Tour the Grand Canyon National Park by Motorcycle

Stunning view of The Grand Canyon National Park

If you want to tour the Grand Canyon National Park by motorcycle, the trip can easily offer days of stunning views if you’re up for some camping. Don’t miss the wonderful natural views of the Grand Canyon the next time you’re in Arizona.

The Route

Take Arizona Route 64 to the South Entrance of Grand Canyon National Park and pay the park entrance fee for a single motorcycle rider. Your pass is good for seven days. Stop for tourist attractions on the south rim or avoid the other tourists and continue your ride on AZ-64.

Turn left onto US-89 N in Cameron, then follow the road 58 miles along the canyon’s east side.
Turn left onto US-89A N AT Bitter Springs to cross the Colorado River through Marble Canyon.
Follow 89A for 55 miles, then turn left onto AZ-67 S. Note, this road closes during winter.

Nearly 45 miles later, you’ll reach the North Rim of the Grand Canyon to find campgrounds and lodging without much tourist traffic like at Grand Canyon Village on the South Rim.

The Sights

Every overlook offers a different view of the canyon, changing colors throughout the day as the sun changes position in the sky. The route offers several opportunities to stop at watchtowers, overlooks, lookout towers, and bridges over the Colorado River.

Don’t miss pulling off the main road to find well-marked historical sites, including ancient Native American structures and petroglyphs carved into rock faces, as you experience Grand Canyon National Park by motorcycle.

The Attractions

Besides hiking the canyon and taking pictures from every overlook, the area offers numerous campgrounds and lodges around the canyon’s rim. Reserve your spot well in advance, or you may need to backtrack to find a place to stay for the night.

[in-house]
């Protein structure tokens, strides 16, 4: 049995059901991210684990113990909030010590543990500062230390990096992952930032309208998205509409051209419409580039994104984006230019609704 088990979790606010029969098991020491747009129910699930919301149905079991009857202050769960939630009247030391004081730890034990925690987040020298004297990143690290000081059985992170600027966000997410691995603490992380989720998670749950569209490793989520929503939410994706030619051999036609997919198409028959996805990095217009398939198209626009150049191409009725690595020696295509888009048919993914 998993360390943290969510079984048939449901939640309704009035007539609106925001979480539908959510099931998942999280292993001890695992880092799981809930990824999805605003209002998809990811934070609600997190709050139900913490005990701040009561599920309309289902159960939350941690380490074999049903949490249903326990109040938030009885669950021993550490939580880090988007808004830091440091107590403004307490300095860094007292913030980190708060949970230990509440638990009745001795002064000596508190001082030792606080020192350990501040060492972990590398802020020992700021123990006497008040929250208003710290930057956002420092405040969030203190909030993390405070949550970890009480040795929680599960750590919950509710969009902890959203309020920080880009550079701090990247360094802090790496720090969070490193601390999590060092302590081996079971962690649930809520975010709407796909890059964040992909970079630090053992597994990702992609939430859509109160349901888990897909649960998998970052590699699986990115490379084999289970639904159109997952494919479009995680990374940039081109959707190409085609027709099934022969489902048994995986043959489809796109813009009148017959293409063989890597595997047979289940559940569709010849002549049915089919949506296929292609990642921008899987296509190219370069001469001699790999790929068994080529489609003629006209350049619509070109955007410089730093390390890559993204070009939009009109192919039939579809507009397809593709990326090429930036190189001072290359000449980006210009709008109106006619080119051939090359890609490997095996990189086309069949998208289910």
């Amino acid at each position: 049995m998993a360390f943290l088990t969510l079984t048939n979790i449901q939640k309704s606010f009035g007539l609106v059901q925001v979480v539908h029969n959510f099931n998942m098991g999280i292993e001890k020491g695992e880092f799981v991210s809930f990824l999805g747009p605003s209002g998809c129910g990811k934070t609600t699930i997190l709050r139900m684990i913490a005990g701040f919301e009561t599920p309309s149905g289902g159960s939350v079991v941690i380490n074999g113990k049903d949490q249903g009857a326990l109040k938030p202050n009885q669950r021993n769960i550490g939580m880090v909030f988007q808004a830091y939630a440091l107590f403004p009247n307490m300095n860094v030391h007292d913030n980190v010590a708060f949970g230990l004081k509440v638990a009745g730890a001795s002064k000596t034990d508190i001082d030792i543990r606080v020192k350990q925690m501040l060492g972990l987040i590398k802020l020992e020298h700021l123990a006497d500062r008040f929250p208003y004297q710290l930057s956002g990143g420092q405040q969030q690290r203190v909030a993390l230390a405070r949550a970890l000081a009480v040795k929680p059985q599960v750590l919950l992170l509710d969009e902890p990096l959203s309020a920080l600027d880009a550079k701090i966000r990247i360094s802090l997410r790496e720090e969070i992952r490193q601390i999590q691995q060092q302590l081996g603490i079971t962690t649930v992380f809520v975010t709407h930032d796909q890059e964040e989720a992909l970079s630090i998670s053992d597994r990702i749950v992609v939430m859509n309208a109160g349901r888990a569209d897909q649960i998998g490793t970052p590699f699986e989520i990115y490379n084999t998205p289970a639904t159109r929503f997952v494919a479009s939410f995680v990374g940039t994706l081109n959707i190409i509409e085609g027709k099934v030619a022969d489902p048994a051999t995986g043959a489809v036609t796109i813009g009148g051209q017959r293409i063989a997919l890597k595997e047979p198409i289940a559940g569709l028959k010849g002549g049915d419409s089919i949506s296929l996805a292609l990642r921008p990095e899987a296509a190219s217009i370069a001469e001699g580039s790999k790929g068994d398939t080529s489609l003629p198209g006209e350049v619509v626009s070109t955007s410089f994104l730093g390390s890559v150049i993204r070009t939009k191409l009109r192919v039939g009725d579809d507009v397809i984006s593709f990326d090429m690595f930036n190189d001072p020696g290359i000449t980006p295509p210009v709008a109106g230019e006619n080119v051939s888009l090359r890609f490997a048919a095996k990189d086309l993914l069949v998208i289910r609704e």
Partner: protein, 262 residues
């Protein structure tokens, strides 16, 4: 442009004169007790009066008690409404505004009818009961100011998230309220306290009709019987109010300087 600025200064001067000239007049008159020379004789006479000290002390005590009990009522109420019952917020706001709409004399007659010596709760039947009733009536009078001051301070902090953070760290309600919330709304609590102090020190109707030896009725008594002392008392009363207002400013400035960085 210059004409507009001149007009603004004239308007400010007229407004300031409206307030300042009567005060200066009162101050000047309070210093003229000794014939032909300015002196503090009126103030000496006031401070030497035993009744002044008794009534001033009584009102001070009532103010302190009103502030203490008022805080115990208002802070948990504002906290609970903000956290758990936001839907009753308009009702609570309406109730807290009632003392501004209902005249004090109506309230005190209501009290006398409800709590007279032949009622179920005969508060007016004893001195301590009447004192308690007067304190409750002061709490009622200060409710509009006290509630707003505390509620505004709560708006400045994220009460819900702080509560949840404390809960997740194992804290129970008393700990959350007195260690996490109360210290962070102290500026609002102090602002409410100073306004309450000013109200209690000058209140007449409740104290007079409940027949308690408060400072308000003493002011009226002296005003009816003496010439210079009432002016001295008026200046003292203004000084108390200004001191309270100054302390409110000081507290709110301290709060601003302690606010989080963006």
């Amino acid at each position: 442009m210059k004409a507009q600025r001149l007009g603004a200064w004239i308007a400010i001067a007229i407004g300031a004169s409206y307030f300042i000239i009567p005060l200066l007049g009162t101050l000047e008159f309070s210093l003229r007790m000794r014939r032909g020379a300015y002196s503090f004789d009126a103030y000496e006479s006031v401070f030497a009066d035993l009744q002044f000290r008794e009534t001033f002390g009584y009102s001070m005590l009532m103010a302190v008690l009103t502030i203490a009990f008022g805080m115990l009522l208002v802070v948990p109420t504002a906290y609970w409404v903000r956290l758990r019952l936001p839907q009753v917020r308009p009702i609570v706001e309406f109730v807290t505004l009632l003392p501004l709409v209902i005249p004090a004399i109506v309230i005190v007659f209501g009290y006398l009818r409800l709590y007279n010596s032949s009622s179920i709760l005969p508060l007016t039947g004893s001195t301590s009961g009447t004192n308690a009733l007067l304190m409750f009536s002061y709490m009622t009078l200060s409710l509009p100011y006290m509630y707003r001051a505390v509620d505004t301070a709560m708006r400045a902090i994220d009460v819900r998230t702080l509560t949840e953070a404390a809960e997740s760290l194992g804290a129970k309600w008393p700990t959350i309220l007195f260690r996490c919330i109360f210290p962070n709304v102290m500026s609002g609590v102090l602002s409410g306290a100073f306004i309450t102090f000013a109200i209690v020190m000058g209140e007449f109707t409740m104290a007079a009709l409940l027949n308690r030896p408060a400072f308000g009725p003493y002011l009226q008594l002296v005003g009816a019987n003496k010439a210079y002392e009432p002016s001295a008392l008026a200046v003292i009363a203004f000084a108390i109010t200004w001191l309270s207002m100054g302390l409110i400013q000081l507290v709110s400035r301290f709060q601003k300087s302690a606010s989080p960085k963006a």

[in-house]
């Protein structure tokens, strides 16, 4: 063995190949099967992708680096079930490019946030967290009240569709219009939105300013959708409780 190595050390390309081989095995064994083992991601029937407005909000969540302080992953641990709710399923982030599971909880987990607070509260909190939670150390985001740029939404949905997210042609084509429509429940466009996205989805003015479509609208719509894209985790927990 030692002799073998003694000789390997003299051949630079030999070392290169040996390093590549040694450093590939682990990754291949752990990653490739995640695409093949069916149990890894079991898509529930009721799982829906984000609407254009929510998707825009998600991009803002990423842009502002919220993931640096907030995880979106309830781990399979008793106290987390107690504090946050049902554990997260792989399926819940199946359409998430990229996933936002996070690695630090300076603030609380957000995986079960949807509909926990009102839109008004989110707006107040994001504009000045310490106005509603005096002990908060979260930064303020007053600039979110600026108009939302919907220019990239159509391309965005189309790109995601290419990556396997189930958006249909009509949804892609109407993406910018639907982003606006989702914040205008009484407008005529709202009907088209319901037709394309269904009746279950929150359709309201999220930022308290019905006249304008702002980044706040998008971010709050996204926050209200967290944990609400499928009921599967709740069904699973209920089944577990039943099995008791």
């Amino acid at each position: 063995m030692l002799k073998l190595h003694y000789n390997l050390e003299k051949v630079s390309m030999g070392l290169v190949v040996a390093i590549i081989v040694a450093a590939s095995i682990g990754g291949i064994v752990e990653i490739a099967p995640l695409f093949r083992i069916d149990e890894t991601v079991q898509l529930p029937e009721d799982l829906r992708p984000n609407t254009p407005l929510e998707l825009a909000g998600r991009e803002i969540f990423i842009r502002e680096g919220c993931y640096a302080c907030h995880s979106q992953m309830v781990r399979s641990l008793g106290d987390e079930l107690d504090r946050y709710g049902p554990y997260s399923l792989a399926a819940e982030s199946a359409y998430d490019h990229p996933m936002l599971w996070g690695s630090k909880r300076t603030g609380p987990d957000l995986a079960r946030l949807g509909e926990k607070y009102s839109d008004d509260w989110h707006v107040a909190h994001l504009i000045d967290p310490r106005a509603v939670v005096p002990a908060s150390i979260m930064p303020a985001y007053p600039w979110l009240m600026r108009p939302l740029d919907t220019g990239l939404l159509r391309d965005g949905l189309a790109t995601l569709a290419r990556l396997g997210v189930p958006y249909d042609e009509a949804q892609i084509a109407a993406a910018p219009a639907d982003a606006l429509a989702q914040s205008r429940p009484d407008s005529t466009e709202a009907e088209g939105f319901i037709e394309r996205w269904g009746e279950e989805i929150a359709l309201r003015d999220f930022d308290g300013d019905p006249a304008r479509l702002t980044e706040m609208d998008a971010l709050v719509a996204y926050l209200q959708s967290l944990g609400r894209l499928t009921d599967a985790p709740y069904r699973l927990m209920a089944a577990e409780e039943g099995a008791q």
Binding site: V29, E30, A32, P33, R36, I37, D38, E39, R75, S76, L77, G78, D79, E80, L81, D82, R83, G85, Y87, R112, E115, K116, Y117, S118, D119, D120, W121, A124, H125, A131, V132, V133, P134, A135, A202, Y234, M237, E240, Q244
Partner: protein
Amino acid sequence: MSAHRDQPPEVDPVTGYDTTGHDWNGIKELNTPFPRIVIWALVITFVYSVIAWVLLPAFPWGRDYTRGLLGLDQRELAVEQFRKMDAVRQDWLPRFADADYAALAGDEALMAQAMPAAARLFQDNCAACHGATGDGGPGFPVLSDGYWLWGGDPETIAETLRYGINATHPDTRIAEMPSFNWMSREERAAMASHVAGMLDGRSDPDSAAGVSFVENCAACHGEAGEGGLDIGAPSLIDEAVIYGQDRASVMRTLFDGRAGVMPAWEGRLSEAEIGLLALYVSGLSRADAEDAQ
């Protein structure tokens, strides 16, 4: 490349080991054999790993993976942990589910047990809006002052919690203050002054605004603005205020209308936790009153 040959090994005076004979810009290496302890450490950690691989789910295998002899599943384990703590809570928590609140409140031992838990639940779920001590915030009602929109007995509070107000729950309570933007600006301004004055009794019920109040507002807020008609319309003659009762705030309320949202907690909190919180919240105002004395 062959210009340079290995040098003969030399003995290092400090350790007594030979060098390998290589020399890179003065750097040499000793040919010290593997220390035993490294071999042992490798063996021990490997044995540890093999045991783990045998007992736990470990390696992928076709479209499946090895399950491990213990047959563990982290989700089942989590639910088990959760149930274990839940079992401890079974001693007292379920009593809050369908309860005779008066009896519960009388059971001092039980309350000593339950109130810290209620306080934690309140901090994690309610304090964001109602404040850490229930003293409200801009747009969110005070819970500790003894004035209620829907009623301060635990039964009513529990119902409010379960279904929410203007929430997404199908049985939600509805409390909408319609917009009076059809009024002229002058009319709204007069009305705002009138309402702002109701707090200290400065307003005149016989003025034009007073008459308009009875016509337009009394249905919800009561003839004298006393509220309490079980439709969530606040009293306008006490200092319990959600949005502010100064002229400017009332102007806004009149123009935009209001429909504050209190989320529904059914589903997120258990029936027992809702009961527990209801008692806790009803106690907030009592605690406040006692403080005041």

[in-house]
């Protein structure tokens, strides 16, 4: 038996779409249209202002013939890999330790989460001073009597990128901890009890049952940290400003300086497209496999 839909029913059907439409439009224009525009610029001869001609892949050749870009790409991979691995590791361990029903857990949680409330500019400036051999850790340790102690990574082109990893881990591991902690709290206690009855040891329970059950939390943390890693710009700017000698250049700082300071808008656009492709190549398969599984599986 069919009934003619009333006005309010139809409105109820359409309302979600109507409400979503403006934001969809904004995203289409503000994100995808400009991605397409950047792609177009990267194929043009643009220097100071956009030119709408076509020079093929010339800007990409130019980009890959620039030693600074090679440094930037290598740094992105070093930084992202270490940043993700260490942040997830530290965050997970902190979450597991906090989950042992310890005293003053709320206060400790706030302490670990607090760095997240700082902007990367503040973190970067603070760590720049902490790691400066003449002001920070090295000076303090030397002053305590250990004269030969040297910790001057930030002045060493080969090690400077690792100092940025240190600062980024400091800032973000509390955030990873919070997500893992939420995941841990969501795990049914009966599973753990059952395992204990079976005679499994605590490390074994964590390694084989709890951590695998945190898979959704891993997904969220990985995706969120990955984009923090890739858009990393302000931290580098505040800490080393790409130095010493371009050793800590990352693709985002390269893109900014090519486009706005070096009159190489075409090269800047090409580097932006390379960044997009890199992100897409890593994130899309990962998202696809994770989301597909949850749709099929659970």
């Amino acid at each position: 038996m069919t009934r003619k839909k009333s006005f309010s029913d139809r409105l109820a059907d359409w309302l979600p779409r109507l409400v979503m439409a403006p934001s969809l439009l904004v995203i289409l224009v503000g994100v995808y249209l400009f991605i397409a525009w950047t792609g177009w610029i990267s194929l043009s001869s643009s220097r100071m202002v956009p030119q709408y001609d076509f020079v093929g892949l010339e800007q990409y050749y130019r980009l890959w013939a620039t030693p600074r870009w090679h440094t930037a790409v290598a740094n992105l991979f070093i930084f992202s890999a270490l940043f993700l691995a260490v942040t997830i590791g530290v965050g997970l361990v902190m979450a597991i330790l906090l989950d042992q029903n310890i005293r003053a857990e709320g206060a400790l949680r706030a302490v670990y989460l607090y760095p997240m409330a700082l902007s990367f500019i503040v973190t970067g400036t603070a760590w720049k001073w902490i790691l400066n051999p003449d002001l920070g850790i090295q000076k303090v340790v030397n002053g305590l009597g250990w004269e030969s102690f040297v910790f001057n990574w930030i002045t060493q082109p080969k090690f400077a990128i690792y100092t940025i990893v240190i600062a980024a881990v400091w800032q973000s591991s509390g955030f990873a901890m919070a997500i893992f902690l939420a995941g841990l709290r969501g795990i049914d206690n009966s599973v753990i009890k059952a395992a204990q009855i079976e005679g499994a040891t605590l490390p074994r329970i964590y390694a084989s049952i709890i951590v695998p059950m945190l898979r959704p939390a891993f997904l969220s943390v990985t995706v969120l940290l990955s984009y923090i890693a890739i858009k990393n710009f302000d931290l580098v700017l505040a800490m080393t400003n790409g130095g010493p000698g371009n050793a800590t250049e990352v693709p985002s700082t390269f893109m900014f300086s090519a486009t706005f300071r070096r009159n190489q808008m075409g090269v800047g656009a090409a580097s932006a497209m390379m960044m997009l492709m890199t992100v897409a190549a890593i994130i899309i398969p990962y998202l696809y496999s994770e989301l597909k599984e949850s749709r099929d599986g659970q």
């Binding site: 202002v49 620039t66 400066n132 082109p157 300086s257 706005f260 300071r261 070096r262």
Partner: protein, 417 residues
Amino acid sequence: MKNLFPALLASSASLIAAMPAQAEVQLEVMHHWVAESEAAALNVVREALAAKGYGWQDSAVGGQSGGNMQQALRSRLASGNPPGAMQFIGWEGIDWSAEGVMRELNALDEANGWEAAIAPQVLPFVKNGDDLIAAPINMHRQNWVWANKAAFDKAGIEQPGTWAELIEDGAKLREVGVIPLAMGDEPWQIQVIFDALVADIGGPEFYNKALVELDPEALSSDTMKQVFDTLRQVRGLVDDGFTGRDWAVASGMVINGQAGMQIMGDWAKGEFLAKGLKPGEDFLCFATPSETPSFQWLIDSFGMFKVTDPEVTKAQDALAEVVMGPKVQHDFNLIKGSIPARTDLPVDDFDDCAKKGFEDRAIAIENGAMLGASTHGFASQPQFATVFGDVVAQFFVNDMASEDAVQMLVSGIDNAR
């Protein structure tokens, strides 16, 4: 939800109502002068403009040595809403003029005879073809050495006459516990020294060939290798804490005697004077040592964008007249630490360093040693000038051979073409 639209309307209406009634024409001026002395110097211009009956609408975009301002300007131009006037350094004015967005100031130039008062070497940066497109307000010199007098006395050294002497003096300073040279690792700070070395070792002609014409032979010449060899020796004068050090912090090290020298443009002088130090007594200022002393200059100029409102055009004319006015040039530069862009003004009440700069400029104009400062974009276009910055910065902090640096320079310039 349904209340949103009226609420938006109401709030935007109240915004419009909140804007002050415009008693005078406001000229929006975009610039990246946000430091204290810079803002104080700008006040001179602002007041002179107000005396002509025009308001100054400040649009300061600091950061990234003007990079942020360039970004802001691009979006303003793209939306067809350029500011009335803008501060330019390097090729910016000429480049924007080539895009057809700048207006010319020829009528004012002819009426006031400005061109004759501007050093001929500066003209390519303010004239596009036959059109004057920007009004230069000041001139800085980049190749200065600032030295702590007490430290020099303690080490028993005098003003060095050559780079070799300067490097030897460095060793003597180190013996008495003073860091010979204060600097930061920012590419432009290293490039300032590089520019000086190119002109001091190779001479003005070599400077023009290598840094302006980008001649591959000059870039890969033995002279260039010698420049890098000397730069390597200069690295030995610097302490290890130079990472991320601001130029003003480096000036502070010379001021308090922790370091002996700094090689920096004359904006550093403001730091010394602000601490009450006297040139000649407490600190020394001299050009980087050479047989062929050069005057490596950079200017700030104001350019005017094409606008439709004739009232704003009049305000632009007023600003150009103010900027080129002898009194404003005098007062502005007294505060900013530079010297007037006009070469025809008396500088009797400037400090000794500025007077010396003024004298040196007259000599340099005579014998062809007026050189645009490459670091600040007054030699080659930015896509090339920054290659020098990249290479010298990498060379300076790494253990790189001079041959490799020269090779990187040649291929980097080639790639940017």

The route passes several lookout towers that offer splendid views of the canyon and nearby forests if you aren’t afraid of heights. The lookout towers originally housed local fire rangers to look out for signs of wildfire. Some towers are still active lookout towers, and many are open to the public if you’re brave enough to make the climb.

The area also features numerous hiking and mule trails. You can take the North Kaibab Trail along Bright Angel Creek if you camp on the North Rim. Switch to Bright Angel Trail and follow Garden Creek to the South Rim Grand Canyon Village.

Take your sleeping roll and lots of water if you’re hiking through the canyon. Even experienced hikers usually take multiple days between the North and South Rims.

The Eats

Grand Canyon Village on the South Rim offers several options for coffee, Italian, Mexican, steakhouses, burgers, ice cream, and more.

The Cameron Trading Post offers an inn, dining room, and souvenir shop. If you already plan to stop at the Marble Canyon Bridge for photos, grab a bite at the Marble Canyon Restaurant for Native frybread, burritos, tacos, sandwiches, and breakfast.

Off 89A, go past your turn onto AZ-67 S, and take 389 to Colorado City for pizza at Berry Knoll Pizza. This restaurant offers dine-in or drive-thru, with a thin, crispy crust and lots of quality toppings.

If you’re on the North Rim or near 67, stop at the North Rim Country Store for snacks, gas, coffee, and souvenirs. Next door, you’ll find awesome coffee, smoothies, breakfast treats, and specialty hot dogs at Meadows Edge Food Truck.

Contact The Law Tigers for Legal Help by Attorneys Who Ride in Arizona

Enjoy the views of the Grand Canyon National Park by motorcycle on your next ride through Arizona. If you need legal advice, call our team at The Law Tigers at 1-888-863-7216 for a free case evaluation for your motorcycle accident, anywhere in the U.S.